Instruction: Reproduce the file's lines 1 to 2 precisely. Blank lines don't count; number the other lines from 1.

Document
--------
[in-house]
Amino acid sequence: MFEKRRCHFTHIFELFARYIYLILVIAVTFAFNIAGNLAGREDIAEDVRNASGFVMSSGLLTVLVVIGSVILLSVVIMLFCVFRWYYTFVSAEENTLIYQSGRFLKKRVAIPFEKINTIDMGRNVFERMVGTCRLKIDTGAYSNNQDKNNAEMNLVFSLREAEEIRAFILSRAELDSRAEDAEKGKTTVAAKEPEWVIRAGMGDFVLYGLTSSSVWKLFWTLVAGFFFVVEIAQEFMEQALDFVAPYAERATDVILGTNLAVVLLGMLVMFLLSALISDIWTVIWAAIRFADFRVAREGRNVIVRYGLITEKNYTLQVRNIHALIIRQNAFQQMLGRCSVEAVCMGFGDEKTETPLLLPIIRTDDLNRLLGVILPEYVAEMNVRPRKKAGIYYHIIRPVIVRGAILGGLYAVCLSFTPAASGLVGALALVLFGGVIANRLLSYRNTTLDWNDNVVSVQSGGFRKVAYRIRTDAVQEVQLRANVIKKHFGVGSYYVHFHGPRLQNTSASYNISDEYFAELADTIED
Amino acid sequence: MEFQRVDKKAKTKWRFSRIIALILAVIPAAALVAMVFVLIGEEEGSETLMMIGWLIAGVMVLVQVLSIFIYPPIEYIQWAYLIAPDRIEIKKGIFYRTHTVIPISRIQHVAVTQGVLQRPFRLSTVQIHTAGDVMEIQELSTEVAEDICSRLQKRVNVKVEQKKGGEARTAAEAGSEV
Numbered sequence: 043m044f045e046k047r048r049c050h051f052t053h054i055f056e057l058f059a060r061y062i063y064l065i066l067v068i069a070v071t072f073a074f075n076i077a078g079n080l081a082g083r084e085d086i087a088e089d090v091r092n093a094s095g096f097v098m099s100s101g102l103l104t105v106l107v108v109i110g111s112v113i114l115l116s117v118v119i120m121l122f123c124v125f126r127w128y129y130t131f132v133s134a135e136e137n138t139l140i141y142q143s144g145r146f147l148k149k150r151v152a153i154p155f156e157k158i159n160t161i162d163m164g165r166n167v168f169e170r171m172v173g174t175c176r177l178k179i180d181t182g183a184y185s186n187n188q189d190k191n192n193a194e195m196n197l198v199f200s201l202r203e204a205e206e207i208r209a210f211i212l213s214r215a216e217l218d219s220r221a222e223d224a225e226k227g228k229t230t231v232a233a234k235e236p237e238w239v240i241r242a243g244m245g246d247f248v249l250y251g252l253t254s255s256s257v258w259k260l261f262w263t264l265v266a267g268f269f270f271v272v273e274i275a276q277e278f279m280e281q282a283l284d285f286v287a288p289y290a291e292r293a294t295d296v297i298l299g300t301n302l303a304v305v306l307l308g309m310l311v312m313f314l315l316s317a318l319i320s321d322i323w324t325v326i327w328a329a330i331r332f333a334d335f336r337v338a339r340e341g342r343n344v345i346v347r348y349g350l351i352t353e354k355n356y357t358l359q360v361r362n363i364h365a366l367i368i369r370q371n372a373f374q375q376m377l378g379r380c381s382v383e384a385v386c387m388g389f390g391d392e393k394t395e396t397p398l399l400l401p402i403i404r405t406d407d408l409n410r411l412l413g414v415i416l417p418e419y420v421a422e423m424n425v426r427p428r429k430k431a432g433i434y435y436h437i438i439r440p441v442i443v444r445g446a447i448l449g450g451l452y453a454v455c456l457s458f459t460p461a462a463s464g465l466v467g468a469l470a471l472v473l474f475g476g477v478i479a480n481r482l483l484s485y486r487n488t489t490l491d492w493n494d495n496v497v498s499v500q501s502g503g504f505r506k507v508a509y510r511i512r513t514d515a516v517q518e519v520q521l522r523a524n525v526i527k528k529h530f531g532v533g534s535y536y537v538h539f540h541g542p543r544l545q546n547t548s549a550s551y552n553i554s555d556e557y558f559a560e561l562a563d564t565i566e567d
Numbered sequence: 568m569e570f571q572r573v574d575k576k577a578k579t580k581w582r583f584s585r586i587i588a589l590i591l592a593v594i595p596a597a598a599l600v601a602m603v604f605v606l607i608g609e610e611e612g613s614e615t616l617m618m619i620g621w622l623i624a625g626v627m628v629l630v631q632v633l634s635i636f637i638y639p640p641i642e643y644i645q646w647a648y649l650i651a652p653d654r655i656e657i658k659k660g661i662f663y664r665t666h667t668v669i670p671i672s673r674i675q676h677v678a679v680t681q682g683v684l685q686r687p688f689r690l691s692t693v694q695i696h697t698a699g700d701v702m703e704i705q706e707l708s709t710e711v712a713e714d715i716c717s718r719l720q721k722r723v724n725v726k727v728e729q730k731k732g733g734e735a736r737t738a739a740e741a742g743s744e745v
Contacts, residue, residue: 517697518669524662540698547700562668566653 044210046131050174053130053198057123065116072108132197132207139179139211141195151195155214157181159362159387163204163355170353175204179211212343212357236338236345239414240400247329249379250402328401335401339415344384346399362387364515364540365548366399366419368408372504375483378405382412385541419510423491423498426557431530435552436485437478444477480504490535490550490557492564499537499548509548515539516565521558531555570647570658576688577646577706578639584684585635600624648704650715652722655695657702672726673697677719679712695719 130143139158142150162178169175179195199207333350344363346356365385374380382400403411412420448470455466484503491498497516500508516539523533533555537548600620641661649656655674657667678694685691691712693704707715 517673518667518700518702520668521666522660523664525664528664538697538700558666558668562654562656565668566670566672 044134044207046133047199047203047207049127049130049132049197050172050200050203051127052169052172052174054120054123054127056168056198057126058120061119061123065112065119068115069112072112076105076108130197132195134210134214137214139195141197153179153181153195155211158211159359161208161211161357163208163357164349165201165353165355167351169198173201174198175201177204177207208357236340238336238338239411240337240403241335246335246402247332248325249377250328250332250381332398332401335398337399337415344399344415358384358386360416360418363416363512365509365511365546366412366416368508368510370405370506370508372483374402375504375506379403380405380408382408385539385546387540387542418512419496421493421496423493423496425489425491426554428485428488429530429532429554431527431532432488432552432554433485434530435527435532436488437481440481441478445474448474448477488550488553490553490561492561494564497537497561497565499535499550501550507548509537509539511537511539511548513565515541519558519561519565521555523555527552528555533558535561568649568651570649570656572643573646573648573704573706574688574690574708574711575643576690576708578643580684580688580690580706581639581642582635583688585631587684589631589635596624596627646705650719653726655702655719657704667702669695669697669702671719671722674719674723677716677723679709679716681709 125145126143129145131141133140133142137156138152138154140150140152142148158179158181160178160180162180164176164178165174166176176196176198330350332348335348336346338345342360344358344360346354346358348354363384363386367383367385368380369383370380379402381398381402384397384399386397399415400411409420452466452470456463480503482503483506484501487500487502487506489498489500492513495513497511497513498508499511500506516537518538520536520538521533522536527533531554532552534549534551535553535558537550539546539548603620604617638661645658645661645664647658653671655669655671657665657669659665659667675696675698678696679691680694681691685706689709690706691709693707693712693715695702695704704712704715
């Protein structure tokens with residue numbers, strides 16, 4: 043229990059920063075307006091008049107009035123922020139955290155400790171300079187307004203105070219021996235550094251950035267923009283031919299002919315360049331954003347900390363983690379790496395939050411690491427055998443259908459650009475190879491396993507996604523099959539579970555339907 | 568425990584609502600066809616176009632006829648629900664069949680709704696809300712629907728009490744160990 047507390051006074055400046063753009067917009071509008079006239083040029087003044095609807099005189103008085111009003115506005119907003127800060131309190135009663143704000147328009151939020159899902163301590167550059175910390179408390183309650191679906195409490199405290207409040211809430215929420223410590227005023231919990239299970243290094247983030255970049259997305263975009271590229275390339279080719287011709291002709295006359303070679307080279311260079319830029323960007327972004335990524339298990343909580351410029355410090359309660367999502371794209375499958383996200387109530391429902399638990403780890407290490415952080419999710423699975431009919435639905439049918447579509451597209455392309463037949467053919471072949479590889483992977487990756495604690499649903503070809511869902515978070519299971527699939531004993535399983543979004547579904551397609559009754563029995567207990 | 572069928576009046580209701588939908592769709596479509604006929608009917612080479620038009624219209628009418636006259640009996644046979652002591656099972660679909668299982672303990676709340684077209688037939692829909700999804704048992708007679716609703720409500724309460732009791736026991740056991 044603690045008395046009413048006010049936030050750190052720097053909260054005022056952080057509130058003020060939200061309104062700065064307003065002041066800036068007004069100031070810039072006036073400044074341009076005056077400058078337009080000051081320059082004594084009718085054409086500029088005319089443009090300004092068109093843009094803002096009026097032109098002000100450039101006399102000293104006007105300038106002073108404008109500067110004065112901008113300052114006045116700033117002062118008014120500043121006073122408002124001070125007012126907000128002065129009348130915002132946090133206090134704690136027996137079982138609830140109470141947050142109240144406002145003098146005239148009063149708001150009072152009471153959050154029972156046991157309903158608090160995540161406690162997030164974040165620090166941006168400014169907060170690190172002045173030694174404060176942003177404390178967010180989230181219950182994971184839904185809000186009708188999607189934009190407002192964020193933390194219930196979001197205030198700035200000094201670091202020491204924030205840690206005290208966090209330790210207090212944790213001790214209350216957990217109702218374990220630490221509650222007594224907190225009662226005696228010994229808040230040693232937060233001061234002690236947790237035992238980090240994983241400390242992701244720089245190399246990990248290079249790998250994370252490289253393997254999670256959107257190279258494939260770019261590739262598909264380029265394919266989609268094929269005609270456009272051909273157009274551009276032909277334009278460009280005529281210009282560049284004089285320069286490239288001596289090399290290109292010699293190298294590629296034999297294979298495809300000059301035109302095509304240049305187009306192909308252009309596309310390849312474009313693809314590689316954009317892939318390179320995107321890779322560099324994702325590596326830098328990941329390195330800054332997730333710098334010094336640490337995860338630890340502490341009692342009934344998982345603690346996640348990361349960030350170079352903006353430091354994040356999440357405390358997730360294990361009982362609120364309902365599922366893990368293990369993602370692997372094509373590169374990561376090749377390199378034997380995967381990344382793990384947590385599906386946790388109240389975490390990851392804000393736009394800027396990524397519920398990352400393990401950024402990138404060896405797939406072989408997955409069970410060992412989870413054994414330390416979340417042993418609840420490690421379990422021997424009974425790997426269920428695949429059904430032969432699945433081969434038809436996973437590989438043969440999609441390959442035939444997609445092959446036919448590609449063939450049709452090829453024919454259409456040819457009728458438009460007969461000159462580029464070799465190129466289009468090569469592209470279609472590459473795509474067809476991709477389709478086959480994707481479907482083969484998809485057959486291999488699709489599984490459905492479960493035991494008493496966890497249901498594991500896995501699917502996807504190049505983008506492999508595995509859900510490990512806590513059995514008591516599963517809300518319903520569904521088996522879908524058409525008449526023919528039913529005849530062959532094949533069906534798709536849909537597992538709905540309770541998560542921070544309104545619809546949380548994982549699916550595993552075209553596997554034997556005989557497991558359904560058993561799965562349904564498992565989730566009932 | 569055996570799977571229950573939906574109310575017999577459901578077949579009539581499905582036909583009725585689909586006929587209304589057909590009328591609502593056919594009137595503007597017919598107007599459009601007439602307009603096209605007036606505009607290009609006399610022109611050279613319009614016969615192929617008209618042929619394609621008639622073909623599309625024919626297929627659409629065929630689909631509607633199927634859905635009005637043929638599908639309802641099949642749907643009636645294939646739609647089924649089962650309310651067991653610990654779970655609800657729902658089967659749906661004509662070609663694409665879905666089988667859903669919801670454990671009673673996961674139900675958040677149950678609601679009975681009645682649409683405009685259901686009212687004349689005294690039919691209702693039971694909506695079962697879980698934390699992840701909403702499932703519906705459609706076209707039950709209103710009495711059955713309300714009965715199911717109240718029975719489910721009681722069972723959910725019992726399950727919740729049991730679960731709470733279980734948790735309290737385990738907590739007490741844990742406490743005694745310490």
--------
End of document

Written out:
[in-house]
Amino acid sequence: MFEKRRCHFTHIFELFARYIYLILVIAVTFAFNIAGNLAGREDIAEDVRNASGFVMSSGLLTVLVVIGSVILLSVVIMLFCVFRWYYTFVSAEENTLIYQSGRFLKKRVAIPFEKINTIDMGRNVFERMVGTCRLKIDTGAYSNNQDKNNAEMNLVFSLREAEEIRAFILSRAELDSRAEDAEKGKTTVAAKEPEWVIRAGMGDFVLYGLTSSSVWKLFWTLVAGFFFVVEIAQEFMEQALDFVAPYAERATDVILGTNLAVVLLGMLVMFLLSALISDIWTVIWAAIRFADFRVAREGRNVIVRYGLITEKNYTLQVRNIHALIIRQNAFQQMLGRCSVEAVCMGFGDEKTETPLLLPIIRTDDLNRLLGVILPEYVAEMNVRPRKKAGIYYHIIRPVIVRGAILGGLYAVCLSFTPAASGLVGALALVLFGGVIANRLLSYRNTTLDWNDNVVSVQSGGFRKVAYRIRTDAVQEVQLRANVIKKHFGVGSYYVHFHGPRLQNTSASYNISDEYFAELADTIED